Jokic belongs here.  No question.

 

Third Team

Guard:  Russell Westbrook

You can’t leave Westbrook off the All-NBA team this year.  He’s putting up his usual gaudy numbers all while playing second fiddle to James Harden.  It’s true that on offence he’s basically a rim runner but he’s scoring 27 a game and is leading all guards in rebounds this year so it doesn’t seem to matter.  We used to wonder if Westbrook could coexist with other stars.  Well, we saw it with Paul George, and now we’re seeing it with James Harden.  These two players hold the records for highest usage in a season, and now they’re playing together without stepping on each other’s toes.  Now that’s impressive.

 

Guard:  Chris Paul

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Let’s all remember that we thought the Thunder would suck ass.

We thought they could be the worst team in the league, but thanks to Chris Paul and SGA the Thunder have outperformed such teams as the Rockets, Sixers, and Pacers.  When looking at the guards for this final slot I was really only considering three; Kemba Walker, Kyle Lowry, and Chris Paul (all you Trae Young fans can stick his raw numbers up your butts.  Call me when he wins more games than the goddamn Knicks).  The raw numbers of Chris Paul aren’t why he’s considered.  His scoring averages of 18 points and 8 assists won’t wow you, but that’s not why any of these guys are here.  The reason we love guys like Lowry and Kemba is because they win games for their teams.  Lowry is so loved in Toronto because he makes the Raptors better.  He’s proven leader and deserves more recognition for that, Kemba too.  Winning should matter more than numbers.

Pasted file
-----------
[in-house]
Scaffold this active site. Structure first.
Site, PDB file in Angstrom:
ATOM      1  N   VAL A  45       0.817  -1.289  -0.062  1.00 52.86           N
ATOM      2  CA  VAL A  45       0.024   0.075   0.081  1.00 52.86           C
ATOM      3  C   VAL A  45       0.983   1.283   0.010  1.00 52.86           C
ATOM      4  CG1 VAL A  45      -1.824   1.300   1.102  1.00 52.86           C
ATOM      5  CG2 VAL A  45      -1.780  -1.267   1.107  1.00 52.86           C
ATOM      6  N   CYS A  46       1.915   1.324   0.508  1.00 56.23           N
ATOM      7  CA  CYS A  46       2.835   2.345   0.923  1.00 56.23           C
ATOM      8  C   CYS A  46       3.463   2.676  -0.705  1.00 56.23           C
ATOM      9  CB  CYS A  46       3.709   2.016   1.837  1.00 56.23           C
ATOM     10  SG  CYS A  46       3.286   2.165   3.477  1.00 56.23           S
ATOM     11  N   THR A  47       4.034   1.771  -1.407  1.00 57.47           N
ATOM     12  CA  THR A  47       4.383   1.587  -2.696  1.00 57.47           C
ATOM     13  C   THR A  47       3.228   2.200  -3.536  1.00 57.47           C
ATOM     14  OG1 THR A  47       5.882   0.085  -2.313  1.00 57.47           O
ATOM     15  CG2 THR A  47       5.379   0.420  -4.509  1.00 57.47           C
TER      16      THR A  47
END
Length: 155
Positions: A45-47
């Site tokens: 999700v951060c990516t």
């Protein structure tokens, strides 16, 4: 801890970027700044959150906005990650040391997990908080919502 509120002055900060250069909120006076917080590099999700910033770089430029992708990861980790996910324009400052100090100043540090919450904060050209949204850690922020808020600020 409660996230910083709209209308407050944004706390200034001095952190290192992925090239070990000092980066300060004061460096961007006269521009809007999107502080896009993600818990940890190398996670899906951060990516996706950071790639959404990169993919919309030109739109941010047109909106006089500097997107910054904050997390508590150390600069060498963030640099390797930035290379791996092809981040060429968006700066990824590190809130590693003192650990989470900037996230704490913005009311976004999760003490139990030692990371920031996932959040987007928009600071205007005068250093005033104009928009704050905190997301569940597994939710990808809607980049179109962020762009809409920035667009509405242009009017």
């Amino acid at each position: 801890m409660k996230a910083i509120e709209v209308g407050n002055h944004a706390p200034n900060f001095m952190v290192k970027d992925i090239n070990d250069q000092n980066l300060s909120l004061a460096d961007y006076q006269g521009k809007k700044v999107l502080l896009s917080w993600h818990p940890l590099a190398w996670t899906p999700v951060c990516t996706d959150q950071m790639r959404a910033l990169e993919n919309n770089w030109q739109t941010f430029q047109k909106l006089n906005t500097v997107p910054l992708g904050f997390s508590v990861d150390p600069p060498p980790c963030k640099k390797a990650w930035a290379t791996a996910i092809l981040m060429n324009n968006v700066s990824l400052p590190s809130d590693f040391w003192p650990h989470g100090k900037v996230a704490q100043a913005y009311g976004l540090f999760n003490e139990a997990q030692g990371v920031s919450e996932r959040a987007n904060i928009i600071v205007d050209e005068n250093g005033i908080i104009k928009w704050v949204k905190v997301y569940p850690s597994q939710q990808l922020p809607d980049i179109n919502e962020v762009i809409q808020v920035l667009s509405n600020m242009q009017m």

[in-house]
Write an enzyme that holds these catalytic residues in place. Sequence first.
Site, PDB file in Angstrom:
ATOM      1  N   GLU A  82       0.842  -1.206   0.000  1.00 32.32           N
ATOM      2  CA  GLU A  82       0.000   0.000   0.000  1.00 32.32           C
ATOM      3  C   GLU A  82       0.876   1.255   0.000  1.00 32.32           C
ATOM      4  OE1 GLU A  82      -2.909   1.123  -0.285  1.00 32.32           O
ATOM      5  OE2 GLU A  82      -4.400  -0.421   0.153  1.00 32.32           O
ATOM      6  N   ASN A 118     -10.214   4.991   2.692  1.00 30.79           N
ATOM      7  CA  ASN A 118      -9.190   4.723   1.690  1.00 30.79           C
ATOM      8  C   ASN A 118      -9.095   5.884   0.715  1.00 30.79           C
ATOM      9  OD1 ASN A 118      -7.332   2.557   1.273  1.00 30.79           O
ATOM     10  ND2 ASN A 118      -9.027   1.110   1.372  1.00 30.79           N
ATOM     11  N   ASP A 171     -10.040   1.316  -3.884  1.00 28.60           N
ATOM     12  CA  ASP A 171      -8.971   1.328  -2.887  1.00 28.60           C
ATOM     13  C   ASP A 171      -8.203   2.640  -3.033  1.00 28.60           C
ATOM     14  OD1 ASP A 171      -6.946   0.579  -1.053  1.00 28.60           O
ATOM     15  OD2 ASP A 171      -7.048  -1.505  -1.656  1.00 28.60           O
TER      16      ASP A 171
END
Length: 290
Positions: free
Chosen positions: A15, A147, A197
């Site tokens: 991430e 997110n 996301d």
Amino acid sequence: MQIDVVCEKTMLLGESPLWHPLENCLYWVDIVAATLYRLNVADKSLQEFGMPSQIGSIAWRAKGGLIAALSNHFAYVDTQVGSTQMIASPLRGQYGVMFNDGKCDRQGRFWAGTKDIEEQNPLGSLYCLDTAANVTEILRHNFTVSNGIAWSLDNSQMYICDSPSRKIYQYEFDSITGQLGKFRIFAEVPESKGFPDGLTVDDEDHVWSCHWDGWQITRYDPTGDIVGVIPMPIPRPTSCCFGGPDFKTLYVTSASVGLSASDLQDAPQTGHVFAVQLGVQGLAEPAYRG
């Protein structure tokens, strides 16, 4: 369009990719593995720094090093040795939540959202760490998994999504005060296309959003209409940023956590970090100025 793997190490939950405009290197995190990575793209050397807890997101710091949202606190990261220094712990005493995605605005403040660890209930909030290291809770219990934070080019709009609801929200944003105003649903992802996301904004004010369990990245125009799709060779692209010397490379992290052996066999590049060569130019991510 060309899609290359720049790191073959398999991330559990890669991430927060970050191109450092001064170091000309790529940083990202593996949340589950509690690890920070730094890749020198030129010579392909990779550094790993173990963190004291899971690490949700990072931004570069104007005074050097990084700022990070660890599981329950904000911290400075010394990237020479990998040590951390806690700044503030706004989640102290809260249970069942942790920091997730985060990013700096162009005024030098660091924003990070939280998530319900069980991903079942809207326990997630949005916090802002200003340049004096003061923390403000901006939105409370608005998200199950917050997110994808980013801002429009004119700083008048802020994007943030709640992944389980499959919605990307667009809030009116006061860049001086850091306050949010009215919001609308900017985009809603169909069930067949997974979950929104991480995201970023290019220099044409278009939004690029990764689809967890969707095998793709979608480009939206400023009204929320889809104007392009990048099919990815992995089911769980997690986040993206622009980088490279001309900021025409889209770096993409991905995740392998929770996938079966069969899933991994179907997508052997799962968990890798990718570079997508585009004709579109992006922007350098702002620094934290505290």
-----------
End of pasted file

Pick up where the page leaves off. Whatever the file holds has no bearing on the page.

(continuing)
If that’s the argument I’m making than who has improved his overall team this year more than Chris Paul?  The Thunder are deep in the playoff mix against all odds because of him.  Whether or not you want to attribute SGA’s growth to a CP3 mentorship is up to you, but either way, Paul has taken his team further than even the most optimistic Oklahoman could have dreamed.

 

Forward:  Jayson Tatum

Having been released from the dark spell that is Kyrie Irving, Tatum has fully realized the all-star potential we saw in the 2018 playoffs.  Since February, Tatum has been averaging 29 points a game and has been leading the Celtics to finals consideration.  He deserves this spot.  I could make the Tatum vs. Butler argument but I don’t need to.  They’re both here, and you can decide for yourselves who you like more.

 

Forward:  Jimmy Butler

Similar to Chris Paul in how Butler gets this spot.  He edges out guys like Khris Middleton because Butler is the unquestionable first option on one of the better teams in the league.  Butler has brought not only his skills but his culture to a Miami team that was looking for post-Dwyane Wade identity.  For the past four years the Heat have been celebrating the past more than planning for the future, but with Jimmy Butler in the driver’s seat they have ignited a bunch of late first-round picks and savvy free agents into the feistiest club in the league.  I love it when a team gets competitive this way.  When they grow through smart decisions rather than the luck of the lottery or the whims of star players.  The Heat have built a really fun team on the shoulders of Jimmy Butler, it’ll be interesting to see how far they can go in the playoffs.